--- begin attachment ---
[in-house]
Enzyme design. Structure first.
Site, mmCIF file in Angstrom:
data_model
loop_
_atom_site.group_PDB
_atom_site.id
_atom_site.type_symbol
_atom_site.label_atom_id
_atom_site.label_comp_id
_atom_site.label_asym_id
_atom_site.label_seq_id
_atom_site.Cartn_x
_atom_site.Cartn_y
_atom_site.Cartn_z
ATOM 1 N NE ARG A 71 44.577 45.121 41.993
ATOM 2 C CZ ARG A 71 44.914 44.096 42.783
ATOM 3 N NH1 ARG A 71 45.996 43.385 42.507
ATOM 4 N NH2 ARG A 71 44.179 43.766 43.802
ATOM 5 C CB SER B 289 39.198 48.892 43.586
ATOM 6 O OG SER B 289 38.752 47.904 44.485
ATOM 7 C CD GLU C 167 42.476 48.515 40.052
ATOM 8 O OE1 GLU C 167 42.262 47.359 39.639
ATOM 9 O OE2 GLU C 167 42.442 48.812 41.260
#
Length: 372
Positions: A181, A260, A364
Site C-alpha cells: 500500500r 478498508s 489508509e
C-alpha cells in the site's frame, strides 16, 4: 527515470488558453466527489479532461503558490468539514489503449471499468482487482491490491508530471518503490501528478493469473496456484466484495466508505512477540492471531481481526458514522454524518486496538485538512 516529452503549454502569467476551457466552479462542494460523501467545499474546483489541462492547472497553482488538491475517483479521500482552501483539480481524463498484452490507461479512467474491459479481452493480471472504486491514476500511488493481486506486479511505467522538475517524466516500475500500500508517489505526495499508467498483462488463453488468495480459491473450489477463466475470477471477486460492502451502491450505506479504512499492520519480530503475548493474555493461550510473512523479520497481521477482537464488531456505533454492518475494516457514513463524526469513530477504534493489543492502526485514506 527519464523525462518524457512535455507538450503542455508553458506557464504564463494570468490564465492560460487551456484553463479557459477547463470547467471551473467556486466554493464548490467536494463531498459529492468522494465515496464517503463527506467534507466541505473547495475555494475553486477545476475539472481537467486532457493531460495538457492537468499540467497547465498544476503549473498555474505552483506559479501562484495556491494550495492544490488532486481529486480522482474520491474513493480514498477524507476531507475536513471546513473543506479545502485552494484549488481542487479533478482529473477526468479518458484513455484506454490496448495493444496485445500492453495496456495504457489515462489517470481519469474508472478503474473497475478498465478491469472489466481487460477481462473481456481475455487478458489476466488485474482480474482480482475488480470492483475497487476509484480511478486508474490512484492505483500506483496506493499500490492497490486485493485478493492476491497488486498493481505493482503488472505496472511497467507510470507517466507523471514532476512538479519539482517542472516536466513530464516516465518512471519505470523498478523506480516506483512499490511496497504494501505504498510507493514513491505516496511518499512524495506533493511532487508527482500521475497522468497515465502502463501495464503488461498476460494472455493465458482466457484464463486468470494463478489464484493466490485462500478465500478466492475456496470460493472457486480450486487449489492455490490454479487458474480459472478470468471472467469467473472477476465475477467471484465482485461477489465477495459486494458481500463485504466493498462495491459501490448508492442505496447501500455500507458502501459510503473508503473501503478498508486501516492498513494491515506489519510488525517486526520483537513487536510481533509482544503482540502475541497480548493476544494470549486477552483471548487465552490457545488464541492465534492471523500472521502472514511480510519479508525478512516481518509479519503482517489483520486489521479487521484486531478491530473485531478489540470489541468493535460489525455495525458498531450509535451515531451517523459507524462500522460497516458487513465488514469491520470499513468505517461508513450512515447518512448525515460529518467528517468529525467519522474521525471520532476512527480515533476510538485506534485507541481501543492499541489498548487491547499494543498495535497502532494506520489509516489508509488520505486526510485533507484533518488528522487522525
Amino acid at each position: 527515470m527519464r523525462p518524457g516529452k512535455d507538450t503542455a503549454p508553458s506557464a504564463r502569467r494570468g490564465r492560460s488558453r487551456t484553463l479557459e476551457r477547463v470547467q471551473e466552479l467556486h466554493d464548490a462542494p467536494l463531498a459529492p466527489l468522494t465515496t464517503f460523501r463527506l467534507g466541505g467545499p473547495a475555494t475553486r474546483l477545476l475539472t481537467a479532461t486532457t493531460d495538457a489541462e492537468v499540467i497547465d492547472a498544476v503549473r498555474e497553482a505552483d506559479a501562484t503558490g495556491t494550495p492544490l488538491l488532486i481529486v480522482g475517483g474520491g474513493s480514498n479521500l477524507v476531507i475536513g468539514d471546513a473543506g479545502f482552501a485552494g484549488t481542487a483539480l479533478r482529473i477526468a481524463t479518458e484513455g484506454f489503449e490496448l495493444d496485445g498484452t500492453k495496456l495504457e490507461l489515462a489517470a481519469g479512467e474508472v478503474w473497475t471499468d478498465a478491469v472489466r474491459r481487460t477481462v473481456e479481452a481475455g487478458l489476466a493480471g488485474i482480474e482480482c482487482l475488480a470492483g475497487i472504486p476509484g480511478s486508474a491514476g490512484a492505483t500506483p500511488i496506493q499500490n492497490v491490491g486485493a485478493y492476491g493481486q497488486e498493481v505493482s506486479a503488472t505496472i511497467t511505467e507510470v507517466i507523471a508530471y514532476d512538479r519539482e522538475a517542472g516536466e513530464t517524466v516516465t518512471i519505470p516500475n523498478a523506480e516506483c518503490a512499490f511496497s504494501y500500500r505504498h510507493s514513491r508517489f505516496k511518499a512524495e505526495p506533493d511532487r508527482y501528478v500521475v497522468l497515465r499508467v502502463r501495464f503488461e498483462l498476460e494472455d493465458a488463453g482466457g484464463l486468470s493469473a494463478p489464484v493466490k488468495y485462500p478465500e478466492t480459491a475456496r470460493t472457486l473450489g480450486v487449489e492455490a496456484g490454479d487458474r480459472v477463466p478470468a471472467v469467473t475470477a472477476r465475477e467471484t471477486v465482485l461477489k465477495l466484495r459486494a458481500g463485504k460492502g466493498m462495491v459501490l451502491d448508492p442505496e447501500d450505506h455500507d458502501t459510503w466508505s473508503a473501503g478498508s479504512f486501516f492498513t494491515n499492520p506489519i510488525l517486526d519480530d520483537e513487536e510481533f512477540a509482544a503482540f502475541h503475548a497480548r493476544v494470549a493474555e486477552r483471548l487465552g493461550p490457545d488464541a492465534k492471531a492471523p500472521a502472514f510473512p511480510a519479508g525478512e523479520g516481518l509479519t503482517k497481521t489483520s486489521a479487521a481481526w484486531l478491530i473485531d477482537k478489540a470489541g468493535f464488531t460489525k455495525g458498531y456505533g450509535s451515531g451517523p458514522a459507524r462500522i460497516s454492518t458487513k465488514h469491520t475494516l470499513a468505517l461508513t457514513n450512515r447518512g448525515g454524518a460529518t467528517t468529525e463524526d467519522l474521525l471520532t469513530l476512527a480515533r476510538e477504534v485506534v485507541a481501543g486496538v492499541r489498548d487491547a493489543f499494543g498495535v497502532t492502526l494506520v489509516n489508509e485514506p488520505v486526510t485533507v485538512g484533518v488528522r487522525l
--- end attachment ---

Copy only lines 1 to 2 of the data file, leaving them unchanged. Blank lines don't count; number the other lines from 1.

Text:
[in-house]
Enzyme design. Structure first.